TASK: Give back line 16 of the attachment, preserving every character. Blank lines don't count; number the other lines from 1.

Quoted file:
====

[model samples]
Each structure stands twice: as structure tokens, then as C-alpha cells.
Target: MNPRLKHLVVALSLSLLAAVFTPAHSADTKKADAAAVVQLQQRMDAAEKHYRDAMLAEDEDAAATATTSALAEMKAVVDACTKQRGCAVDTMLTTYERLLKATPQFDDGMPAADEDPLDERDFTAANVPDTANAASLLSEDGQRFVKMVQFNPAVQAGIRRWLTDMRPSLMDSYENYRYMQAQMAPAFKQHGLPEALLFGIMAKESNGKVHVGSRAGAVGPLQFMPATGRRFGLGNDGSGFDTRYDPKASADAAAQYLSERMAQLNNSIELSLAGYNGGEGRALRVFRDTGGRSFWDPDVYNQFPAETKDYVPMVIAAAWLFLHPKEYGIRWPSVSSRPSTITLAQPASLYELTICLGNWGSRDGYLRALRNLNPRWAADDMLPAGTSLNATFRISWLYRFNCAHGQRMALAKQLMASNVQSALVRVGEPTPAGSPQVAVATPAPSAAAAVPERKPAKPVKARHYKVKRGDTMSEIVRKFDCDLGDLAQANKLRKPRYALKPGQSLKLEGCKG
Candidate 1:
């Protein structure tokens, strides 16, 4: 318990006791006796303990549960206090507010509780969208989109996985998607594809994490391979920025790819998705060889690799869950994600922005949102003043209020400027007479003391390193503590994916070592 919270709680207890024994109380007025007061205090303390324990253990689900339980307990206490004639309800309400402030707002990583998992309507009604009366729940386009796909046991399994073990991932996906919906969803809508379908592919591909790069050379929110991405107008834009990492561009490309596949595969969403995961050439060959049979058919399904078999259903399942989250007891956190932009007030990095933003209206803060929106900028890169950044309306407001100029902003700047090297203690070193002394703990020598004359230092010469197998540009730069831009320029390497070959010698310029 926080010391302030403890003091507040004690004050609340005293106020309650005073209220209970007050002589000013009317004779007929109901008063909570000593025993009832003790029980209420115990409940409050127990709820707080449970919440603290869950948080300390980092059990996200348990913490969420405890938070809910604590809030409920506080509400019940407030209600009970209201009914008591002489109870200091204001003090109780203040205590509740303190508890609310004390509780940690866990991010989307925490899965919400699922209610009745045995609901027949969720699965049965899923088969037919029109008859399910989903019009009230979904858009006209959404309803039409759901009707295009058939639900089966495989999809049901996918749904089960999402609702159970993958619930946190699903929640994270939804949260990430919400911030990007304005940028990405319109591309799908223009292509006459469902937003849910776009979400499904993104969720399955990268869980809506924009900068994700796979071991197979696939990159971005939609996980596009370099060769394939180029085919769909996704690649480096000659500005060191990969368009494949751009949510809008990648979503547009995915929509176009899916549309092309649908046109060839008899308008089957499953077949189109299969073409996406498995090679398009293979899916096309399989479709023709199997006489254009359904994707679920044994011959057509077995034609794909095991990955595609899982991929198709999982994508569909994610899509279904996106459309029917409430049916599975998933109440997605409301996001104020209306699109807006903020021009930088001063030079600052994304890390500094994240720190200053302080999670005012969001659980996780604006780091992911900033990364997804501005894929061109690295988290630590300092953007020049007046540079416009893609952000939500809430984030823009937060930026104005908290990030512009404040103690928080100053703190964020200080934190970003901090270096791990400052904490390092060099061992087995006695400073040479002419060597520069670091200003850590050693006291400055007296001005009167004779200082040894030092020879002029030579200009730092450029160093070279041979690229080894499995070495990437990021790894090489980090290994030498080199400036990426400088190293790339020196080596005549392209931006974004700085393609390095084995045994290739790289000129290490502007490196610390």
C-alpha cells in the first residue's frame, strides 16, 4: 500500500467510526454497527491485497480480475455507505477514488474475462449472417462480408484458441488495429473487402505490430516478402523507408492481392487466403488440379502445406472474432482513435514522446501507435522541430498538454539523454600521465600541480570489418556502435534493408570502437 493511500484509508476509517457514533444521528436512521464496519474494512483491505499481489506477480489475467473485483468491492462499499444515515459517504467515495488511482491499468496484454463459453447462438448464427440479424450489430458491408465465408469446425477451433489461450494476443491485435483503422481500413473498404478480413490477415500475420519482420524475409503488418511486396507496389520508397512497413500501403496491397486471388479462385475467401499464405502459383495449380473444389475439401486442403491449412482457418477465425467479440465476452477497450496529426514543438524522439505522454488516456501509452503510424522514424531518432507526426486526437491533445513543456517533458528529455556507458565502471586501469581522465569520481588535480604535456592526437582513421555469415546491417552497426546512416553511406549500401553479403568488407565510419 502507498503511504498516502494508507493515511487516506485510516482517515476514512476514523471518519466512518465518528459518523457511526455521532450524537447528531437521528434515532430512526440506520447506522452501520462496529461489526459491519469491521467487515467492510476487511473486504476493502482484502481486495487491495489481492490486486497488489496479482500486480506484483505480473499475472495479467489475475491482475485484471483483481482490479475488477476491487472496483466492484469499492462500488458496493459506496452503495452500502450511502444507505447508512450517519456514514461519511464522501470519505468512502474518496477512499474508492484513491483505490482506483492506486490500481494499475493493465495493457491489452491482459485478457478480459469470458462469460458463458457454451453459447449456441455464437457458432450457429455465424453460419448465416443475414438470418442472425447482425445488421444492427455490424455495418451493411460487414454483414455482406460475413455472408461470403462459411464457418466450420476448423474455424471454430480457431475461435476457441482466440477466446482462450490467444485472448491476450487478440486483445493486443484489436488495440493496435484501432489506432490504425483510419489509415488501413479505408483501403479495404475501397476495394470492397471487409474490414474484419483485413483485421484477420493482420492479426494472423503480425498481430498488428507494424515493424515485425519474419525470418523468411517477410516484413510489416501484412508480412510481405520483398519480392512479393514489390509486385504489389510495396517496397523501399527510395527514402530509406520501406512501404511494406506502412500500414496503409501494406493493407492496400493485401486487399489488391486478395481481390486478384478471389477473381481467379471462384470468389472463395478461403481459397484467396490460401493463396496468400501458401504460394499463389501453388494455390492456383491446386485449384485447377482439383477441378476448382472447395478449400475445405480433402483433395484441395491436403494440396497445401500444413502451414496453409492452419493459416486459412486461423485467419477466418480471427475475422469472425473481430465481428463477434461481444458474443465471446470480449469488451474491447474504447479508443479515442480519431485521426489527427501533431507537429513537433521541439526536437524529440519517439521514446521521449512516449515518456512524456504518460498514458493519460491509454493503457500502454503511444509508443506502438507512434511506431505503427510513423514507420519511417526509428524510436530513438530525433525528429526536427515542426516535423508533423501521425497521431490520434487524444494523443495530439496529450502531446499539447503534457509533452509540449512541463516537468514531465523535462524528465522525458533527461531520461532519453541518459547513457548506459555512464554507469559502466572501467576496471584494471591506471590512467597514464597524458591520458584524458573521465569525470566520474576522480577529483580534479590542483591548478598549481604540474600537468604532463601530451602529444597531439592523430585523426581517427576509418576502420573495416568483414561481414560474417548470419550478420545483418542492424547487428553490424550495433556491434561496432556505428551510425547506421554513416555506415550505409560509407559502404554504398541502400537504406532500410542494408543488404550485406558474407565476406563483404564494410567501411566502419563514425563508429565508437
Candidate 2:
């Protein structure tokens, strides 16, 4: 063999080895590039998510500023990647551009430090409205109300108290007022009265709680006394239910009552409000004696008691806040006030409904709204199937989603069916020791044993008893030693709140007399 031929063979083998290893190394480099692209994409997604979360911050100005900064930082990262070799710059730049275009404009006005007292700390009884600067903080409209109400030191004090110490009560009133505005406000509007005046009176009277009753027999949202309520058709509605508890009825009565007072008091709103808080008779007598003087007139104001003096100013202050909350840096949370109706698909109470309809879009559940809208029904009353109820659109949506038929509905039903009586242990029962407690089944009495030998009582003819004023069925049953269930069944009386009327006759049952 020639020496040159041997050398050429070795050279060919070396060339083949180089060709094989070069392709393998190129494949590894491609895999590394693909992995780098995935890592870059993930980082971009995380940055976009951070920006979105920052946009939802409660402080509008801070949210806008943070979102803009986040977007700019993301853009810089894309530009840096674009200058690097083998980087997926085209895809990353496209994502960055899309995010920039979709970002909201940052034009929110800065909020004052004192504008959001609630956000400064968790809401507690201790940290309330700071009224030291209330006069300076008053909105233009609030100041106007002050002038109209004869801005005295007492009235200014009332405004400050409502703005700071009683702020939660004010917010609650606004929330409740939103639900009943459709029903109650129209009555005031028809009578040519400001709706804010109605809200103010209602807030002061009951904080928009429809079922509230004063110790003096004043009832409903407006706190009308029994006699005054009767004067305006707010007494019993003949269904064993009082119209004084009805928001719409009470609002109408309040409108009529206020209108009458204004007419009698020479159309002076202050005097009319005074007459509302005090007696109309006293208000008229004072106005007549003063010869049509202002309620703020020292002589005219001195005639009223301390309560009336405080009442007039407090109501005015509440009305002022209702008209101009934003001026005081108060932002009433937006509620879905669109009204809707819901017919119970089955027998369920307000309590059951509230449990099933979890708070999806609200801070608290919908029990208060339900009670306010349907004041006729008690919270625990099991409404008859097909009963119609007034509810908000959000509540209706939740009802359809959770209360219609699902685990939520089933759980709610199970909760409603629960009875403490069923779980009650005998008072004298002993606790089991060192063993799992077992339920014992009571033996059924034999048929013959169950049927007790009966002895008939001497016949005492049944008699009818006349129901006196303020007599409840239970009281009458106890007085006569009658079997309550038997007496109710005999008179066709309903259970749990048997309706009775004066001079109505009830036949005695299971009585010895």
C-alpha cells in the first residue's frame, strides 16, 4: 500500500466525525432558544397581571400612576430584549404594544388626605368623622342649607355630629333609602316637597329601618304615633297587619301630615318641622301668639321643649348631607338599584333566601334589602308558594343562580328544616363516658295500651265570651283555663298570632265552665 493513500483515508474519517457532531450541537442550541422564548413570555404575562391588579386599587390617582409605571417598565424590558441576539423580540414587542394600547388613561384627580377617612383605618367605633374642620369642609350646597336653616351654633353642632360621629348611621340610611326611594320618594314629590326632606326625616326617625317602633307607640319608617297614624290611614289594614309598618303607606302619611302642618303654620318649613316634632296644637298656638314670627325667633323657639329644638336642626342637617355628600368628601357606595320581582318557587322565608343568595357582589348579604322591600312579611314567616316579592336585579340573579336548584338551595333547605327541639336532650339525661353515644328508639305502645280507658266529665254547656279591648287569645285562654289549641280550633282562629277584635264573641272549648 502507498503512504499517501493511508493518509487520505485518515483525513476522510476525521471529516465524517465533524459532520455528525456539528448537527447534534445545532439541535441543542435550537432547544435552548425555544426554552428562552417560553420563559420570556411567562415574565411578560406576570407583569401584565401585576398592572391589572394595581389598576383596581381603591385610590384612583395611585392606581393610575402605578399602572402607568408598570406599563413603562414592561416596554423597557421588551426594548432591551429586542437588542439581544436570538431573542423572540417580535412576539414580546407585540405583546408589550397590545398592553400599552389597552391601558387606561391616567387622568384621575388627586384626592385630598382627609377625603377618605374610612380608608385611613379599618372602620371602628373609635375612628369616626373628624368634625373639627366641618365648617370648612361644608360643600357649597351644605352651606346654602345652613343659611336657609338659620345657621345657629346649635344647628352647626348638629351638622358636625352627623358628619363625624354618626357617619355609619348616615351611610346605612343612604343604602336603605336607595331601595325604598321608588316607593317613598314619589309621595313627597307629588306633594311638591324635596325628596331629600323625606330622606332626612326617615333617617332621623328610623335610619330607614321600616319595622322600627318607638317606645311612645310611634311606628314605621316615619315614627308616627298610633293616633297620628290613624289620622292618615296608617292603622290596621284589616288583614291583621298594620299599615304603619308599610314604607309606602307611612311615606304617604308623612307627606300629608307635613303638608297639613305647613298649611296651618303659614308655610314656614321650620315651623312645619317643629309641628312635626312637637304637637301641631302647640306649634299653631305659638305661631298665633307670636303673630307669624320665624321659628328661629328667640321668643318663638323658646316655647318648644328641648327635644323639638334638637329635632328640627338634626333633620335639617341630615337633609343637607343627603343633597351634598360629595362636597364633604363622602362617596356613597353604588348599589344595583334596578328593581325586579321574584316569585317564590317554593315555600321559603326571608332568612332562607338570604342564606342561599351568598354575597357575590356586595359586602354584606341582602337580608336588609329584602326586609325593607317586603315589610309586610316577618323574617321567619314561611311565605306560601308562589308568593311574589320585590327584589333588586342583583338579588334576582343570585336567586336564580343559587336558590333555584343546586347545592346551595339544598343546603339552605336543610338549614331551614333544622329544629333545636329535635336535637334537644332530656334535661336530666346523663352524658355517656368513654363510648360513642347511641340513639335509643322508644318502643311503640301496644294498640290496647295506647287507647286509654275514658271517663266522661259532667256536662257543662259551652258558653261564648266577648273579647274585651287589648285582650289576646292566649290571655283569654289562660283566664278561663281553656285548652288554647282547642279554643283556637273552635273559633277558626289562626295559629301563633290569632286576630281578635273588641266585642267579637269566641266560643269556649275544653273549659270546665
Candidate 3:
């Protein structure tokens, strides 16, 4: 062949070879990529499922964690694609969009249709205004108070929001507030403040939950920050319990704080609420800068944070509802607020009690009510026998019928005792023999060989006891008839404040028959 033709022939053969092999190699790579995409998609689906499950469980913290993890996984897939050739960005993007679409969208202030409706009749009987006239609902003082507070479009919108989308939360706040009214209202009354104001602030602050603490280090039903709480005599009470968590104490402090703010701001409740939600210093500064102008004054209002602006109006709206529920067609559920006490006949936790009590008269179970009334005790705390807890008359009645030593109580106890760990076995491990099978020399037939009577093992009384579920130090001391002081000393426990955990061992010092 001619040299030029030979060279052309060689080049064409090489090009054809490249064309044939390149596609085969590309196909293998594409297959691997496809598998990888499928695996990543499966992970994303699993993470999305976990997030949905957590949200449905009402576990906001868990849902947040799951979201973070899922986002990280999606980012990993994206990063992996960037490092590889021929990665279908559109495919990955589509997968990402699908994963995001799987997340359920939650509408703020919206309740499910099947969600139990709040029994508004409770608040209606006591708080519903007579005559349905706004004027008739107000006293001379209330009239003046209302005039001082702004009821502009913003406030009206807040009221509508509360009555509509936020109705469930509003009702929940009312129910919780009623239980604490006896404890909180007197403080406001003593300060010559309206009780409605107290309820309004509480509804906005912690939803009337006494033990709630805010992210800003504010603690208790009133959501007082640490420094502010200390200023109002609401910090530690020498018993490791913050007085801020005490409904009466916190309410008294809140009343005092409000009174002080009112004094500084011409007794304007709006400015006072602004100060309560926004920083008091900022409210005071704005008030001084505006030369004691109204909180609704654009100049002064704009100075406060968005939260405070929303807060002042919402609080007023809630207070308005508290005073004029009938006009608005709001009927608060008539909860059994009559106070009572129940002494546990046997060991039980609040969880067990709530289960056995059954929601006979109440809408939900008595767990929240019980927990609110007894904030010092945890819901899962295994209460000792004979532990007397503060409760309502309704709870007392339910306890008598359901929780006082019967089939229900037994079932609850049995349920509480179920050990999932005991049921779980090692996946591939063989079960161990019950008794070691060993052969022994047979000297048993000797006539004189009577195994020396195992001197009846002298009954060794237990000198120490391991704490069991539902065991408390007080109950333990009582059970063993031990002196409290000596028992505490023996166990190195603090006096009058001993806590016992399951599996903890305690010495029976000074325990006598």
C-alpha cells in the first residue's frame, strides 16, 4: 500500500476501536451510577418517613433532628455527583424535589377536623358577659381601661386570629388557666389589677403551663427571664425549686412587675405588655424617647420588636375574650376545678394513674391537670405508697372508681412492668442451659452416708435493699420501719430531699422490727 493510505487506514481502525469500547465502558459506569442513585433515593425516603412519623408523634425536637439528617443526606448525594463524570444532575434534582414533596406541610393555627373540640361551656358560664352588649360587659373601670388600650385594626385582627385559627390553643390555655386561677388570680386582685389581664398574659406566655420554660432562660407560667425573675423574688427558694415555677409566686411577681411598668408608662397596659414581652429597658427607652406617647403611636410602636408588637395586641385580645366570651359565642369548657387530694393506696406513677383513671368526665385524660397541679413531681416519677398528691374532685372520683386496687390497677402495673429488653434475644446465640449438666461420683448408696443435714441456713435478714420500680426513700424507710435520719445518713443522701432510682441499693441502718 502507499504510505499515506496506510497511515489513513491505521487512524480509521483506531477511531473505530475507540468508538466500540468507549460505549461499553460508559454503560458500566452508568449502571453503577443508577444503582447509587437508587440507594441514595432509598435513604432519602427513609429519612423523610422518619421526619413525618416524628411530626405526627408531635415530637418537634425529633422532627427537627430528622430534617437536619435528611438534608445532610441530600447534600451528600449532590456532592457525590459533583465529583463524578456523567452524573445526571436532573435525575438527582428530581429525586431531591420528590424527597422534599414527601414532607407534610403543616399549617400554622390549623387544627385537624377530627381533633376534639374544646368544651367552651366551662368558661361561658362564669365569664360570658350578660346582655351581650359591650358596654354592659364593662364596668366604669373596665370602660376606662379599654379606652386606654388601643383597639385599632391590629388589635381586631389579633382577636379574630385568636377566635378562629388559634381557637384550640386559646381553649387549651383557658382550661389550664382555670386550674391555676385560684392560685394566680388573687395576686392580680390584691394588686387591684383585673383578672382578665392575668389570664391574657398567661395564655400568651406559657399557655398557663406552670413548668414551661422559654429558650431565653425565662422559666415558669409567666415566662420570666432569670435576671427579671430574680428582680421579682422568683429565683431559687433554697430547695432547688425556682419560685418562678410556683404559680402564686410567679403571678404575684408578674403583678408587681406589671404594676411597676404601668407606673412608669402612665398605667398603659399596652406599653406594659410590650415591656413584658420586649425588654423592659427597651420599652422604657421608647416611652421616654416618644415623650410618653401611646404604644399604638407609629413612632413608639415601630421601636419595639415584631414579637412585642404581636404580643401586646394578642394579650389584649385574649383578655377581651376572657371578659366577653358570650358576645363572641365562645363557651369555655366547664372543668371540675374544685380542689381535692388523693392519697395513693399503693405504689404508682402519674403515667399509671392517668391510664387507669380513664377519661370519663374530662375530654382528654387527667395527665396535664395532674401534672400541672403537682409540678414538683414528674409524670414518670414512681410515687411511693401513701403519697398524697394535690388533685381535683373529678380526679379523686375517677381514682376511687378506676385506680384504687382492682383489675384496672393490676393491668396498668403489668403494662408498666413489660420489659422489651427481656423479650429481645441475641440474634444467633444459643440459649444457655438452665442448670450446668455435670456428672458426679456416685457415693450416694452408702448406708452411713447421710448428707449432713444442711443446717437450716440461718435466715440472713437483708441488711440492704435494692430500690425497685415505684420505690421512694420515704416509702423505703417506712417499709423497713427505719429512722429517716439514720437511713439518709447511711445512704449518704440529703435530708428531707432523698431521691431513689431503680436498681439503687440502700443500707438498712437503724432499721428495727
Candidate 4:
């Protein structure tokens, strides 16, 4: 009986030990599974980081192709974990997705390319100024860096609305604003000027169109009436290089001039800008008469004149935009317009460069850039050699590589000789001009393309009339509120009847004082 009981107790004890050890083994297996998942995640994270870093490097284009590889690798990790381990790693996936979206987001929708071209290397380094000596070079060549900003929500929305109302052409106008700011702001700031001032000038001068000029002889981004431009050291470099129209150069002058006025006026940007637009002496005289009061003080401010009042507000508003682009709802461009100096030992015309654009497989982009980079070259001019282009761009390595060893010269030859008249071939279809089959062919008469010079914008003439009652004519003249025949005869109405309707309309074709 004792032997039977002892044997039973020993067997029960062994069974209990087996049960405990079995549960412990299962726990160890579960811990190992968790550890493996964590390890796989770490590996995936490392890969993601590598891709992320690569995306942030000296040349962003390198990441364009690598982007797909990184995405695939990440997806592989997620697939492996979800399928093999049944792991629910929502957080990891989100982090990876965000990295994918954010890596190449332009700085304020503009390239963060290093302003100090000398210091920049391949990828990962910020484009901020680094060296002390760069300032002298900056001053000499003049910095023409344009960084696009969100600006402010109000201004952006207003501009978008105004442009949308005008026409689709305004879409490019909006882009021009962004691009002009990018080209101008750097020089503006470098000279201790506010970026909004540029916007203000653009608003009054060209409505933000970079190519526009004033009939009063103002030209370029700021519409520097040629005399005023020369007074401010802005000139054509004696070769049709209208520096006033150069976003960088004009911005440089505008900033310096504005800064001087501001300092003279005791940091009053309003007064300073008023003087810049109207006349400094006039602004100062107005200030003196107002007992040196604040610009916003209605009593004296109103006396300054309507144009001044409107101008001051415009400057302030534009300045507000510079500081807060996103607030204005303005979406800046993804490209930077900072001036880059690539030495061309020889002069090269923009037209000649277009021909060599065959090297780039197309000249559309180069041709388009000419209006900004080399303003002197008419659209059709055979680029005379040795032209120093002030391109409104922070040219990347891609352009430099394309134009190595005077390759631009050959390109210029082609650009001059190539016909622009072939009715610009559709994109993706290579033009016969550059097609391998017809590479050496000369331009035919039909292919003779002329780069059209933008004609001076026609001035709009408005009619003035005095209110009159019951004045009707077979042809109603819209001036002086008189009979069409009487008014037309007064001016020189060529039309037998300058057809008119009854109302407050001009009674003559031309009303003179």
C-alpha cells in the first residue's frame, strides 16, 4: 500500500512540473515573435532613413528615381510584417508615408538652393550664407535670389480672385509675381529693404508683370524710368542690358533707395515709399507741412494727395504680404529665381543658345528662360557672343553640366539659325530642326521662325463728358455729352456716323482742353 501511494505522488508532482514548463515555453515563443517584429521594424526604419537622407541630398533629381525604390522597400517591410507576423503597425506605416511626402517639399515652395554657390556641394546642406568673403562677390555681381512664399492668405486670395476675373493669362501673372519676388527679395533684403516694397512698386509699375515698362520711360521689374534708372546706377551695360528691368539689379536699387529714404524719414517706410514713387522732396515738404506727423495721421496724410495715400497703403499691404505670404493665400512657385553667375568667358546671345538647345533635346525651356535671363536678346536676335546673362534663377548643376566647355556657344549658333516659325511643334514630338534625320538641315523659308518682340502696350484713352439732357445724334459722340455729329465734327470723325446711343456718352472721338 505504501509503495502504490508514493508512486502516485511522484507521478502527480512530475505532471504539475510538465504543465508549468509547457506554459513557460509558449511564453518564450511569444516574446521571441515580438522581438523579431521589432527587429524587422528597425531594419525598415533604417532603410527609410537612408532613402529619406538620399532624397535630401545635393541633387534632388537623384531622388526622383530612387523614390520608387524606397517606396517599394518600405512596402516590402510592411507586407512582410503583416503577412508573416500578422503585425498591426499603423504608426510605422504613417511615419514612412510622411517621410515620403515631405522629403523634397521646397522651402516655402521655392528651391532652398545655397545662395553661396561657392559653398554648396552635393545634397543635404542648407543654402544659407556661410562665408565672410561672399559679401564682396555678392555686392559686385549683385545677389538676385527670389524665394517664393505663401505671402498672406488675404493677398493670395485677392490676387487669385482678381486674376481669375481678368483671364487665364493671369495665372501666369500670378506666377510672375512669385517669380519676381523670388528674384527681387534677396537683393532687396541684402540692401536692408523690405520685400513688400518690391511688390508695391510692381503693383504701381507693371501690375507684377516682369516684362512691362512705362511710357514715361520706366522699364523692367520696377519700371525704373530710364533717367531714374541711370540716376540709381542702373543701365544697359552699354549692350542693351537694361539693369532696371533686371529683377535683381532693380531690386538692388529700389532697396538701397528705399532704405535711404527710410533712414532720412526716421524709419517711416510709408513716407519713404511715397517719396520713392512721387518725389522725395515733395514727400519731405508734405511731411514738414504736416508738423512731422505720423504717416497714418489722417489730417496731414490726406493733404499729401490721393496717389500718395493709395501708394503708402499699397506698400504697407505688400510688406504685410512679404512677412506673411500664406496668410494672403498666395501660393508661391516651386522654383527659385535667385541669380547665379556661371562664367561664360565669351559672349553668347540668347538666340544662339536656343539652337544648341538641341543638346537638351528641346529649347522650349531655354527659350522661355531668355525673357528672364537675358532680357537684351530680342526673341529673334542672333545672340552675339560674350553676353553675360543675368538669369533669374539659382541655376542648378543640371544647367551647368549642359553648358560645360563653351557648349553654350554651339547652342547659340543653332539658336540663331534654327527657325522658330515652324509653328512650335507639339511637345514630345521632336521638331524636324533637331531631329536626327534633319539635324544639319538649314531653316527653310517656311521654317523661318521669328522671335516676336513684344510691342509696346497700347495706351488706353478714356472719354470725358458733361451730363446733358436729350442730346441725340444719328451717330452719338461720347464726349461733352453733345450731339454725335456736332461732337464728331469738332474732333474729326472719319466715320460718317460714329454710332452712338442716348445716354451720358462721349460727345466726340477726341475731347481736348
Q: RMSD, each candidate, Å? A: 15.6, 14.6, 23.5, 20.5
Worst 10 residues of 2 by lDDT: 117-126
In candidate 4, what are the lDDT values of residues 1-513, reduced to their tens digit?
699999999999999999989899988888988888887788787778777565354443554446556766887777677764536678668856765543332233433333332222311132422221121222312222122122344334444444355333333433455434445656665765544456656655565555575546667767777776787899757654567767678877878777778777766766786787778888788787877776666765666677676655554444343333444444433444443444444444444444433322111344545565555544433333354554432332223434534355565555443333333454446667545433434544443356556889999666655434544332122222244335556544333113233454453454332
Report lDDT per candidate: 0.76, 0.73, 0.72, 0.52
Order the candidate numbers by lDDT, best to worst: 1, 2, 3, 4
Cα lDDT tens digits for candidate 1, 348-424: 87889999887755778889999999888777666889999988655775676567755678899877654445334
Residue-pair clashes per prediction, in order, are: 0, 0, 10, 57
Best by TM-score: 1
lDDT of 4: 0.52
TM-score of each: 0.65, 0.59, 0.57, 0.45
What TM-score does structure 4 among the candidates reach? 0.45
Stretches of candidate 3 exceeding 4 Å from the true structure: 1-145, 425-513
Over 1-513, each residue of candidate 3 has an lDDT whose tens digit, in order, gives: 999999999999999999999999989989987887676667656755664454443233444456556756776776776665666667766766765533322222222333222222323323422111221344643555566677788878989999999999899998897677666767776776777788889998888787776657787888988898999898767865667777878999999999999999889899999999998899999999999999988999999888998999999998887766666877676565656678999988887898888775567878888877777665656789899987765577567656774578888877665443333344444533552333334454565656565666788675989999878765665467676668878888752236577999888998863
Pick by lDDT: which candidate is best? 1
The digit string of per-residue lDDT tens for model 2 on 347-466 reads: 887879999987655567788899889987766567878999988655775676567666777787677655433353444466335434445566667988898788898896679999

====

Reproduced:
Q: RMSD, each candidate, Å? A: 15.6, 14.6, 23.5, 20.5